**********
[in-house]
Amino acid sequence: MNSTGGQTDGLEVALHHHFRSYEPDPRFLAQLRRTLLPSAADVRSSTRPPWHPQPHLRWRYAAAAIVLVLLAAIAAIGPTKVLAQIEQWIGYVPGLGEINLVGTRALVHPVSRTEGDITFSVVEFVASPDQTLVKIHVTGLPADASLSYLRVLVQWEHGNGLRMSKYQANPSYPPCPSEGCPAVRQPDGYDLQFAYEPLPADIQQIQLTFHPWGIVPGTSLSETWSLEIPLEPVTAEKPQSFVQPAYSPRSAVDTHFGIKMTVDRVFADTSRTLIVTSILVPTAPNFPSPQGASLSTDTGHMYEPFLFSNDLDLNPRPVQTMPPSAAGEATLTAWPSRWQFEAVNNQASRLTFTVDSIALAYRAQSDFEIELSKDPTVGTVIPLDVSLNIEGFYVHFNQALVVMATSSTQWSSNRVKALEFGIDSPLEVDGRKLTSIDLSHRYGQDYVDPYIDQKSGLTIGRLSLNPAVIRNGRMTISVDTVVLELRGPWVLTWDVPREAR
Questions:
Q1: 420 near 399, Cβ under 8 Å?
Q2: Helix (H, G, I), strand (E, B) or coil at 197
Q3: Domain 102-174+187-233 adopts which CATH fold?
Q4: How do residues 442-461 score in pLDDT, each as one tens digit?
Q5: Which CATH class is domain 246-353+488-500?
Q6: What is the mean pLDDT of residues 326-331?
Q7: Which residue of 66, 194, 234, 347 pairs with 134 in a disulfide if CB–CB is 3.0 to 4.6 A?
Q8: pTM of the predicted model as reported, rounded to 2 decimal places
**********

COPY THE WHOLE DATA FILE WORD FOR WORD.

[in-house]
Amino acid sequence: MNSTGGQTDGLEVALHHHFRSYEPDPRFLAQLRRTLLPSAADVRSSTRPPWHPQPHLRWRYAAAAIVLVLLAAIAAIGPTKVLAQIEQWIGYVPGLGEINLVGTRALVHPVSRTEGDITFSVVEFVASPDQTLVKIHVTGLPADASLSYLRVLVQWEHGNGLRMSKYQANPSYPPCPSEGCPAVRQPDGYDLQFAYEPLPADIQQIQLTFHPWGIVPGTSLSETWSLEIPLEPVTAEKPQSFVQPAYSPRSAVDTHFGIKMTVDRVFADTSRTLIVTSILVPTAPNFPSPQGASLSTDTGHMYEPFLFSNDLDLNPRPVQTMPPSAAGEATLTAWPSRWQFEAVNNQASRLTFTVDSIALAYRAQSDFEIELSKDPTVGTVIPLDVSLNIEGFYVHFNQALVVMATSSTQWSSNRVKALEFGIDSPLEVDGRKLTSIDLSHRYGQDYVDPYIDQKSGLTIGRLSLNPAVIRNGRMTISVDTVVLELRGPWVLTWDVPREAR
Questions:
Q1: 420 near 399, Cβ under 8 Å?
Q2: Helix (H, G, I), strand (E, B) or coil at 197
Q3: Domain 102-174+187-233 adopts which CATH fold?
Q4: How do residues 442-461 score in pLDDT, each as one tens digit?
Q5: Which CATH class is domain 246-353+488-500?
Q6: What is the mean pLDDT of residues 326-331?
Q7: Which residue of 66, 194, 234, 347 pairs with 134 in a disulfide if CB–CB is 3.0 to 4.6 A?
Q8: pTM of the predicted model as reported, rounded to 2 decimal places